KANIUK, YORAM (1930– ), Israeli writer. Kaniuk, who was born in Tel Aviv, fought in the War of Independence, during which he was wounded, spent the 1950s as journalist and painter in New York, and in 1961 settled down in Tel Aviv. One of the country's most prolific writers, his oeuvre sets up a mirror to the changes within Israeli society while taking issue with the so-called Zionist narrative. Kaniuk's disillusioned, critical voice is reminiscent of that of Y.H. *Brenner, a writer whom he greatly admires and with whom he shares a thematic and expressive affinity.
His works, commingling autobiographical elements with collective concerns, revolve around three major themes: the Arab/Palestinian-Israeli conflict and in particular the War of Independence, the Holocaust, and the attitude of the New Jew, the Israeli, to Diaspora tradition.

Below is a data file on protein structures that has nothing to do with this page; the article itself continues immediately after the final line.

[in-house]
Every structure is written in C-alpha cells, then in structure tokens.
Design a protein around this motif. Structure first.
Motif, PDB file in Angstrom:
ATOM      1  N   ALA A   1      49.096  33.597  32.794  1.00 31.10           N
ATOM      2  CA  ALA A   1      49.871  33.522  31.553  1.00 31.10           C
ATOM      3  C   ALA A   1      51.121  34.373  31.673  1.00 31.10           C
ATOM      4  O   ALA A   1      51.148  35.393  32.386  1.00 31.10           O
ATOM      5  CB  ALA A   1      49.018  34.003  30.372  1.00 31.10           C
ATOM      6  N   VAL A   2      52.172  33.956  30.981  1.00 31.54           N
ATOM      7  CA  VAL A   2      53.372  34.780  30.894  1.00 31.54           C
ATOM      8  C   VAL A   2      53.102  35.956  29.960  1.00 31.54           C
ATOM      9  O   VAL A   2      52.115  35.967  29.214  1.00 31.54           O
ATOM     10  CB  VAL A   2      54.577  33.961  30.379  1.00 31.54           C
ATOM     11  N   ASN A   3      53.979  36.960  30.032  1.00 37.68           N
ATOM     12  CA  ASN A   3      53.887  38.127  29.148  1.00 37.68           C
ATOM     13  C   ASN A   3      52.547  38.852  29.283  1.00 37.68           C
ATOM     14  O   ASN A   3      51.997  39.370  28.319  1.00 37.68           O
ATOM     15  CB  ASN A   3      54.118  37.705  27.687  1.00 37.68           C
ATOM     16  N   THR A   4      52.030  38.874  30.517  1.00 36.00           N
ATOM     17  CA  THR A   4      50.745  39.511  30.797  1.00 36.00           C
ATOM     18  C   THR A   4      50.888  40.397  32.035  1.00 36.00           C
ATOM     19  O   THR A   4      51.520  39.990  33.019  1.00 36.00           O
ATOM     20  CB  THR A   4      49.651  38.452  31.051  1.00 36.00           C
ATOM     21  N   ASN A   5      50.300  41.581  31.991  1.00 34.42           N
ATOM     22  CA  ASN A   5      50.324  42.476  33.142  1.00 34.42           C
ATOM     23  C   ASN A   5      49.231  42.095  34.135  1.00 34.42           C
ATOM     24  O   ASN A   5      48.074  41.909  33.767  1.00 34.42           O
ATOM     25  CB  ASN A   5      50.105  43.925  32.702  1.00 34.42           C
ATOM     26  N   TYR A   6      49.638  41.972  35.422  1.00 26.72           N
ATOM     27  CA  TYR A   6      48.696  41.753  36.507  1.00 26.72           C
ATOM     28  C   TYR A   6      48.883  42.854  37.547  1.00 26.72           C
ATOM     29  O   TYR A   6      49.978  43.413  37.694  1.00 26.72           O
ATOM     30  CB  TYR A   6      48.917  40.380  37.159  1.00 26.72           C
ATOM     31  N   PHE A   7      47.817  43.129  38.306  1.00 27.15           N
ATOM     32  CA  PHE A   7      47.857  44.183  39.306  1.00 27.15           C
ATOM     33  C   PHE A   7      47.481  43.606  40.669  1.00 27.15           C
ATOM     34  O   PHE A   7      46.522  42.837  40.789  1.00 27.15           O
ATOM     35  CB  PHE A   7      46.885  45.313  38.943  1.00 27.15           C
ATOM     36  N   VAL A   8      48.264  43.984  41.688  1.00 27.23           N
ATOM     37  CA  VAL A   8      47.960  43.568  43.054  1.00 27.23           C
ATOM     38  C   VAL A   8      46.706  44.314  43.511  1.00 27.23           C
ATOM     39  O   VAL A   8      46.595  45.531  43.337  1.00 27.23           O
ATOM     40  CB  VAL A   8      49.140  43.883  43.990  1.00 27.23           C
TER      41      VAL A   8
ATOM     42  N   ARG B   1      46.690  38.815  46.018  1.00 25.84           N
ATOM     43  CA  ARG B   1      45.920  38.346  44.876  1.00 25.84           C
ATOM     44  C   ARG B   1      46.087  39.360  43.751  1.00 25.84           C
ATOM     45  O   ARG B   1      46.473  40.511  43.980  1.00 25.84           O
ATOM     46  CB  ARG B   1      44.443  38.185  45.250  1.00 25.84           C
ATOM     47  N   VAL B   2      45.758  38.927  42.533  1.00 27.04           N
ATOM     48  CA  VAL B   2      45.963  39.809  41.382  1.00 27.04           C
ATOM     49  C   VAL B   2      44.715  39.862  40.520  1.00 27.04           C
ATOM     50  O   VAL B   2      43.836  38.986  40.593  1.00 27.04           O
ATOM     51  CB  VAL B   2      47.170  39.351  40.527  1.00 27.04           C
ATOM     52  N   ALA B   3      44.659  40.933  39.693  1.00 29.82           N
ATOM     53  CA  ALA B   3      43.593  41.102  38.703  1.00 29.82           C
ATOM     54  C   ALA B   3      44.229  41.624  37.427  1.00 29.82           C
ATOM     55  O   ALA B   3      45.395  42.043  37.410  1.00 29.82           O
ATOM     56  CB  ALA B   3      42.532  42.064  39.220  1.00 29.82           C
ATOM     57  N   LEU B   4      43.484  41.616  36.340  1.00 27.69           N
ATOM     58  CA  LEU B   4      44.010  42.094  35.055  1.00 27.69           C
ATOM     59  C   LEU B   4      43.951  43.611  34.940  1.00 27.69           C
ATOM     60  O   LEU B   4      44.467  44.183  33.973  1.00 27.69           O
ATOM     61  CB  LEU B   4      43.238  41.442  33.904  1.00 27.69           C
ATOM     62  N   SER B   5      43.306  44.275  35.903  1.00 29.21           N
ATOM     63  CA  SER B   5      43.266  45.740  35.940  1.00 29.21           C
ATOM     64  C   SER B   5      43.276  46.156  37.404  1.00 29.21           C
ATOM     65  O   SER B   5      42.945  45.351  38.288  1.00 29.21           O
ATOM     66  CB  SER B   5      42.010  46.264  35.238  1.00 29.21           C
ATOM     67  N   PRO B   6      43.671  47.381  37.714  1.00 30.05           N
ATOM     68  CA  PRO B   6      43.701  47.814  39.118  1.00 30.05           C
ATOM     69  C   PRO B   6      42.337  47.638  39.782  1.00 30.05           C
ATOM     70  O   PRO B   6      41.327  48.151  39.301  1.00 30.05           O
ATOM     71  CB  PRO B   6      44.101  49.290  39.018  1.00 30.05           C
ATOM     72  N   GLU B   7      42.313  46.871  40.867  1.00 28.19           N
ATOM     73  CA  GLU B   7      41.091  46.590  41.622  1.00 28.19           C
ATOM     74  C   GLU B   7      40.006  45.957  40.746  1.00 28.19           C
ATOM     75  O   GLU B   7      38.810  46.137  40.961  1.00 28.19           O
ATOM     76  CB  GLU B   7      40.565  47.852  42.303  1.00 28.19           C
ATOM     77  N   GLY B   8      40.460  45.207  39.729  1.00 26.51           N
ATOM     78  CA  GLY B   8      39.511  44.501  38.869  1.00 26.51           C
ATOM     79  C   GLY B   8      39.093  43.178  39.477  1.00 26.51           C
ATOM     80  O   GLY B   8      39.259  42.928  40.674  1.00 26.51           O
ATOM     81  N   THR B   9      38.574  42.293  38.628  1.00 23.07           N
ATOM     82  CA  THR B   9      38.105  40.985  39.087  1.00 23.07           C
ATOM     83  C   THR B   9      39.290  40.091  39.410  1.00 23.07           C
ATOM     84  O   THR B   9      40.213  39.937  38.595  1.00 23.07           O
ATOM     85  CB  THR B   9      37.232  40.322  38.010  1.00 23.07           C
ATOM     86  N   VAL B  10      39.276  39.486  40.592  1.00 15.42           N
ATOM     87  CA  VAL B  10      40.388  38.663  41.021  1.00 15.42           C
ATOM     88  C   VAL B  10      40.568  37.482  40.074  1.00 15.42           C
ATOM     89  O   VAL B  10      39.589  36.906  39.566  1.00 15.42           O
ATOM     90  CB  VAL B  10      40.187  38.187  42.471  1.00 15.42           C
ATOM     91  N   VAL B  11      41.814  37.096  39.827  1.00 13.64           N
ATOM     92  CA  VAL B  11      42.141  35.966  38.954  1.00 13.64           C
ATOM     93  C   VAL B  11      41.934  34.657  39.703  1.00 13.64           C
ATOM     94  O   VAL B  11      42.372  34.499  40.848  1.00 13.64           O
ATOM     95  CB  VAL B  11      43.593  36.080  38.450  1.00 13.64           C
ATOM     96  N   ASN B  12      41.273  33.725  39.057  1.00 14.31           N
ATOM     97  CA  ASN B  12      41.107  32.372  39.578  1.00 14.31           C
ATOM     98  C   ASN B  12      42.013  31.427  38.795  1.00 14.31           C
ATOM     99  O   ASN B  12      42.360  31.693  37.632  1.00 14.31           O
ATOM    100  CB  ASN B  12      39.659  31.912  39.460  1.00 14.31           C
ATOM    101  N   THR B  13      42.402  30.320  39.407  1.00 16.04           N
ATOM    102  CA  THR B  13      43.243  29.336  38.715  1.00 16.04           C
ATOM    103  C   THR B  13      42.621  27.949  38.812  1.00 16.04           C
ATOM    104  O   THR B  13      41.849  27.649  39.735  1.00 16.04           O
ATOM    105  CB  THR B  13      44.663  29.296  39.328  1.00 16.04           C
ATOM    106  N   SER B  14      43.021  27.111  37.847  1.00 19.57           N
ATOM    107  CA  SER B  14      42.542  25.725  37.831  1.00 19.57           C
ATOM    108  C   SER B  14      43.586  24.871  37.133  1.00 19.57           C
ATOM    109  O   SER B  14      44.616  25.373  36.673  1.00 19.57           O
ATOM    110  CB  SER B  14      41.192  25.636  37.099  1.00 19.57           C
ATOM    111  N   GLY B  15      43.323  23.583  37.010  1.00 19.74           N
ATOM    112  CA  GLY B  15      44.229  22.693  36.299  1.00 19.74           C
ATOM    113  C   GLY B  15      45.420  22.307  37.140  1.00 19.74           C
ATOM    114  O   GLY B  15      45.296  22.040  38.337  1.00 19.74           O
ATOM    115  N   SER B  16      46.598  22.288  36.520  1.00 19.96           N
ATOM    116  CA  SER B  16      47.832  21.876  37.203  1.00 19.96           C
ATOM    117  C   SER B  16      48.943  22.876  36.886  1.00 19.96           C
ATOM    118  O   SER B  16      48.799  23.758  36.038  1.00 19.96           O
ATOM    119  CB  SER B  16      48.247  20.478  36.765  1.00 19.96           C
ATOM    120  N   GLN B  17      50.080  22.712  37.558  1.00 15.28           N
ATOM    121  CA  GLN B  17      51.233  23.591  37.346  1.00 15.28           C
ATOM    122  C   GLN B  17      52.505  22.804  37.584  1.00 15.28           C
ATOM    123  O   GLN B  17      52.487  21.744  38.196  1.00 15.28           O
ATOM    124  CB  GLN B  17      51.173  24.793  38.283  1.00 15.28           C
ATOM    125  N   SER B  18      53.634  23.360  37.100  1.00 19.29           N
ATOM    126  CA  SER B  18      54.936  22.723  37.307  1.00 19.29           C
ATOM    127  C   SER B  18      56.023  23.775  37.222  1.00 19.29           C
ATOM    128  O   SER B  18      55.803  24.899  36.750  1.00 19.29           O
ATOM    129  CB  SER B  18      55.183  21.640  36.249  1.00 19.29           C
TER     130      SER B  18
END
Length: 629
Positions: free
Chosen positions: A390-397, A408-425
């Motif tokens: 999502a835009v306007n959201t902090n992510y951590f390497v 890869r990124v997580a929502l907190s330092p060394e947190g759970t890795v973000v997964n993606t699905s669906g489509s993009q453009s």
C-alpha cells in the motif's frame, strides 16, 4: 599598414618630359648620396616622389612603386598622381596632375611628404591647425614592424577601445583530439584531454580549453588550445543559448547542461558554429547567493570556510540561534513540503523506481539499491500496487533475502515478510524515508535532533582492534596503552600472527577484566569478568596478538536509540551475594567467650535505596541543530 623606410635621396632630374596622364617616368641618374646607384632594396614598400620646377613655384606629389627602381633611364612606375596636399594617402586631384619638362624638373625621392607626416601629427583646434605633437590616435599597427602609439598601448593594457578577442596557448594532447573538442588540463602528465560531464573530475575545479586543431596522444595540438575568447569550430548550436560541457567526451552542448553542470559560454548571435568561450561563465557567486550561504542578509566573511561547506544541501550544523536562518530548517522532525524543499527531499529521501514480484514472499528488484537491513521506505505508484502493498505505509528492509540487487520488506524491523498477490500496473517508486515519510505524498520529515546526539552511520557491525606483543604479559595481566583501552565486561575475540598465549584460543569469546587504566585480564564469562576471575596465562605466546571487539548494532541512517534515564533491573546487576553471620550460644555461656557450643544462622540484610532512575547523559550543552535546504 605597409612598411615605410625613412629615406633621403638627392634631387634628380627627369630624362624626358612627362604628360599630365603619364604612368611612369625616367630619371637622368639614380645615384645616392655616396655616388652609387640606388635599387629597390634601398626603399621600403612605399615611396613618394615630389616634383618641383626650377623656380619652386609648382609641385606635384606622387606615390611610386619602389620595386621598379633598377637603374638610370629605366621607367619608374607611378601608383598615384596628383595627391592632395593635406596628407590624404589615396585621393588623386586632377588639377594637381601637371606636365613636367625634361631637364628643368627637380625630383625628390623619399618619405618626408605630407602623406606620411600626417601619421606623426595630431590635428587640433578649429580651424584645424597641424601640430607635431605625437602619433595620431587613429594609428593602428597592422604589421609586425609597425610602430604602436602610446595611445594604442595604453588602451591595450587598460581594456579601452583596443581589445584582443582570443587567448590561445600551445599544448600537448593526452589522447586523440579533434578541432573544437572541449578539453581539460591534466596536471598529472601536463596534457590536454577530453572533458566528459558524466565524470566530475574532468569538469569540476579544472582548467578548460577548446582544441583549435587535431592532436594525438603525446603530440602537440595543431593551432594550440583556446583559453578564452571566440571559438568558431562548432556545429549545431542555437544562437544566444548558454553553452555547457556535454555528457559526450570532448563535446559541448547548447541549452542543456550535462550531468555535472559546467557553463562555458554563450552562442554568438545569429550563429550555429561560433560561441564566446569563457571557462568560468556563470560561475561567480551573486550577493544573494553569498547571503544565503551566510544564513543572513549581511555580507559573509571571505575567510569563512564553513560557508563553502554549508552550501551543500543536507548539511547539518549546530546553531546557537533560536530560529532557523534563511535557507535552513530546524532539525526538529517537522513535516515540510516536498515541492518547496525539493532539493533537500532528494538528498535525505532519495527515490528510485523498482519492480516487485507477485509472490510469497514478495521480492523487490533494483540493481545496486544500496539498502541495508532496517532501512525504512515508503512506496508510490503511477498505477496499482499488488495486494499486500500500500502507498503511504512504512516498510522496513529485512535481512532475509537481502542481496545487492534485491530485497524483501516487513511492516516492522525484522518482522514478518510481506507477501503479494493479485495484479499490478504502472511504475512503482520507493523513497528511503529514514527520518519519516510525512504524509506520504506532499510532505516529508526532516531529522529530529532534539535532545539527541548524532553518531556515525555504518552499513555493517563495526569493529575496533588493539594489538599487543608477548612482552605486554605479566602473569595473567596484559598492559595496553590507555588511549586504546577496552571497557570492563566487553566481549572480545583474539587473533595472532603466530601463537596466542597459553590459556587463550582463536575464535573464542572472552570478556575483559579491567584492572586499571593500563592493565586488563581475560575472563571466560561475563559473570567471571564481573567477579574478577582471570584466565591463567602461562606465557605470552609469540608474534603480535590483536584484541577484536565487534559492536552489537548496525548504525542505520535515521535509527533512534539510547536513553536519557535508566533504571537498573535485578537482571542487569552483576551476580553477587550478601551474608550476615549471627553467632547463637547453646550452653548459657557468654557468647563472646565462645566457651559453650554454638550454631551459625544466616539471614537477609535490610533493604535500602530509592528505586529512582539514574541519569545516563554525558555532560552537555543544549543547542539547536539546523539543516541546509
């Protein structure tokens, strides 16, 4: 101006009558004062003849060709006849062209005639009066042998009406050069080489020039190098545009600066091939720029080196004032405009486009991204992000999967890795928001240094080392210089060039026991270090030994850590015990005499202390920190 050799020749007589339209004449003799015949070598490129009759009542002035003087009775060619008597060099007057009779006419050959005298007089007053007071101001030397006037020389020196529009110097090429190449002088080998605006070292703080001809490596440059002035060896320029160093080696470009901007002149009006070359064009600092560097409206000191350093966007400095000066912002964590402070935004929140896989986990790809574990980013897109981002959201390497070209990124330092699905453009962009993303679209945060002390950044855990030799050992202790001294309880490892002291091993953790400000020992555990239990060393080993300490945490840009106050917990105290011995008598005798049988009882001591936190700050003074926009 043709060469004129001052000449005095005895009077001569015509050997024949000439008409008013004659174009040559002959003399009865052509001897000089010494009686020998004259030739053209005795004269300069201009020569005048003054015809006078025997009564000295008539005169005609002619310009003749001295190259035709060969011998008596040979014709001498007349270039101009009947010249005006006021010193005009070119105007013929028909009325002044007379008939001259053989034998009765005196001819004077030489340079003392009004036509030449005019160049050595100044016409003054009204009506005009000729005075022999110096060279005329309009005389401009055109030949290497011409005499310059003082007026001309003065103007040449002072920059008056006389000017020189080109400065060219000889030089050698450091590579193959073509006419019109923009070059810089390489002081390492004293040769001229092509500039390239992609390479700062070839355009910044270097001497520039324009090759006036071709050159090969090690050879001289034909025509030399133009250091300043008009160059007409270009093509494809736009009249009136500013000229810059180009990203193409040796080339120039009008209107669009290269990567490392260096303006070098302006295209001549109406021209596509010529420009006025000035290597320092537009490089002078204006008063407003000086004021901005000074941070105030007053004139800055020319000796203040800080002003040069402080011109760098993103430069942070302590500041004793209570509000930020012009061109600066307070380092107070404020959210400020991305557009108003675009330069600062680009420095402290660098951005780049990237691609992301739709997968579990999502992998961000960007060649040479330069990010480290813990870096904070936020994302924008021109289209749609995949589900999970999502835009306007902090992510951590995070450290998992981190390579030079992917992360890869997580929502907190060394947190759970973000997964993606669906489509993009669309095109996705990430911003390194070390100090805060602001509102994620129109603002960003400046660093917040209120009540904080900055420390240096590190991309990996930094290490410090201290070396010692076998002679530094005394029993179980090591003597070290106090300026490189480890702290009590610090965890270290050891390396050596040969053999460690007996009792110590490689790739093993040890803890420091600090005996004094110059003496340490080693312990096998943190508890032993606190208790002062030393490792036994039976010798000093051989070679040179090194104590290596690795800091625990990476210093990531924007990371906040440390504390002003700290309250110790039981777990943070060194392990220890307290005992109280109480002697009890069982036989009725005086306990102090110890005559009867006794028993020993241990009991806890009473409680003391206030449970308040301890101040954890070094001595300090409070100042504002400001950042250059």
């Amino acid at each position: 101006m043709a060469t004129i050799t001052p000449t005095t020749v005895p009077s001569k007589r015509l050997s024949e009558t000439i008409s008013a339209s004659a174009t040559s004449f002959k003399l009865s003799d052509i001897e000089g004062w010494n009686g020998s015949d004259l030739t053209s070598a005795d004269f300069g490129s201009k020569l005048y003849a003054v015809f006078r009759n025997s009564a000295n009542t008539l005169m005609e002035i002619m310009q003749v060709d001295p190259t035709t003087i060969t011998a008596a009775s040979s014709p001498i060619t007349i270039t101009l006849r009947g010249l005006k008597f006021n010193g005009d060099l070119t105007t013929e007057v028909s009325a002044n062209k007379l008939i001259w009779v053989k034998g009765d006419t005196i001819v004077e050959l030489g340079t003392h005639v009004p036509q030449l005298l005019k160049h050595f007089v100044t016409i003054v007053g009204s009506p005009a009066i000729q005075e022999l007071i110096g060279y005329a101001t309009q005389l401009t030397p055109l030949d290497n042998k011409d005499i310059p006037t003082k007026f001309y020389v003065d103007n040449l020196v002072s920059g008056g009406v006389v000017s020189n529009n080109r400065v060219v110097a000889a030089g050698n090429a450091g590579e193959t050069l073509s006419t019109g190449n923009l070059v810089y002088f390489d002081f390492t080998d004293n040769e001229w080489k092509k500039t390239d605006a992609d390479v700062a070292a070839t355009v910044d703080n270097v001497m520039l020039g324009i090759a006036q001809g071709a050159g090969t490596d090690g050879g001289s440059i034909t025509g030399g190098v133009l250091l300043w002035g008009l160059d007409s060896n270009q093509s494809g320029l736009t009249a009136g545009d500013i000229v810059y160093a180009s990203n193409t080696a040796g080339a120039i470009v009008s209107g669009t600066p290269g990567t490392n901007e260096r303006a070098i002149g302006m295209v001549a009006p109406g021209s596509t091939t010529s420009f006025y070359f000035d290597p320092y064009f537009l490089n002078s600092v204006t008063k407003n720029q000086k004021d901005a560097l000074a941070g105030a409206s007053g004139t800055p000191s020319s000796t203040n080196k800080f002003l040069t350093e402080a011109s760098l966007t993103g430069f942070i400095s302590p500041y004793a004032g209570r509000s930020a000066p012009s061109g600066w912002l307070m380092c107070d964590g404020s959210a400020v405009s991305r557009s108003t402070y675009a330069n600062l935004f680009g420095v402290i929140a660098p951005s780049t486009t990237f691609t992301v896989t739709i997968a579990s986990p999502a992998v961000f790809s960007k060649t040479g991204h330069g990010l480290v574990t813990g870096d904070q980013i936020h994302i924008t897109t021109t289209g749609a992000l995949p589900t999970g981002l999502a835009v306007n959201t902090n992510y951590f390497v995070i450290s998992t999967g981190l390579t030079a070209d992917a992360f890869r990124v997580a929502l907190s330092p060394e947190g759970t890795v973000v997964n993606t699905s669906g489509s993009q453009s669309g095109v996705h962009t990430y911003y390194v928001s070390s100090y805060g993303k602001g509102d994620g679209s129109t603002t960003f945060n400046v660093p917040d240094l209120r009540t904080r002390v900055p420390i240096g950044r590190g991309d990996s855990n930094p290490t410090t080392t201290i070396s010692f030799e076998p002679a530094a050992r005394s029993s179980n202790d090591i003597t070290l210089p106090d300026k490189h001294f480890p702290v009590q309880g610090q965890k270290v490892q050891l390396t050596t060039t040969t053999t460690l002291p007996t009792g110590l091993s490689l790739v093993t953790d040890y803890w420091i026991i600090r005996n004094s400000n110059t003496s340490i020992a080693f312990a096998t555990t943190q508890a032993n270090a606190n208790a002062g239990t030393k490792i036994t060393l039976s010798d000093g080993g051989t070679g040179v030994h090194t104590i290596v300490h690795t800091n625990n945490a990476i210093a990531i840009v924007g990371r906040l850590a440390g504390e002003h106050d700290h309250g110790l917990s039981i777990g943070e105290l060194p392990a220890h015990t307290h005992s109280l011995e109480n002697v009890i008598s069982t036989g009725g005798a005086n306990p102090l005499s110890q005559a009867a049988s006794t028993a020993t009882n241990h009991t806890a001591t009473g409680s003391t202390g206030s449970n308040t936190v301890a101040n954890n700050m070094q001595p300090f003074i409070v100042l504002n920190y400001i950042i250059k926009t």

The protagonist of Kaniuk's first novel, Ha-Yored le-Ma'alah (which appeared in an English translation as The Acrophile in 1961, two years before it was published in Hebrew!) is an Israeli living abroad, as it were an uprooted Sabra, who is tormented by guilt feelings for having killed an Arab boy during the war, preferring life in total isolation rather than to return to his native country. A similar theme, clearly inspired by the personal experience of Kaniuk in the U.S., is treated in the novel Sus-Eẓ (1974; Rocking Horse, 1977). The moral dilemma, present in several works of other writers of his generation, underlies many of Kaniuk's novels, including Bitto (1987; His Daughter, 1988) and Aravi Tov (1984; Confessions of a Good Arab, 1987), the latter being a compelling and deliberately provocative Arab-Jewish family saga, which "is out to fracture the badly set bone that deforms the Middle East" (The Los Angeles Times). While his second novel, Himmo Melekh Yerushalayim (1965; Himmo King of Jerusalem, 1969), describes the dramatic relationship between a severely wounded Israeli soldier and the nurse who attends to his needs in an old monastery in Jerusalem during the War of Independence, the third novel, Adam Ben Kelev (1968; Adam Resurrected, 1969; 1971) marks a new thematic and stylistic direction in Kaniuk's prose. In this novel as well as in Ha-Yehudi ha-Aharon (1982; The Last Jew, 2005), Kaniuk confronts the ever-open scars of Holocaust survivors and their traumatized life. In expressionistic style, harsh, gruesome, and provocative, Kaniuk tells the pathetic-grotesque story of Adam Stein, once a well-known clown in Europe, who survived the death camp because he entertained victims on their way to the gas chamber. Stein arrives in Israel but suffers a nervous breakdown. A patient at a rehabilitation and therapy institute, he presides over a demented kingdom which includes distraught persons, like Jenny, who provides him with medical and sexual services, and a "dog," who slowly shows feeling and finally can even speak. The novel, which has been translated into fourteen languages, was also successfully staged and is undoubtedly one of the most original and powerful Hebrew novels about the Holocaust. The Last Jew, one of Kaniuk's most ambitious works, attempting to present a historic panorama of Jewish fate in the 20th century, is the tragic-grotesque story of Ebenezer Schneurson, who believes he is the "last Jew." Confronting the Holocaust and the incurable wounds of the survivors prompted Kaniuk also to look closer at the relations between Germans and Jews. In Post Mortem (1992), an impressive, albeit disturbing portrait of his parents, Kaniuk does not hide his ambivalent emotions toward Germany and its culture. It was the father, Moshe Kaniuk, for many years director of the Tel Aviv Museum, who imbued his son with a passion for the German language and its culture. Kaniuk recounts how he, a boy in Tel Aviv of the 1930s, wished to rid himself of the ubiquitous Sabra attributes and resemble the children of the German Templars. One of the most successful Israeli authors in Germany, Kaniuk visited that country many times and published in 2002 (first in German, two years later in Hebrew!) his impressions of a haunted and haunting country.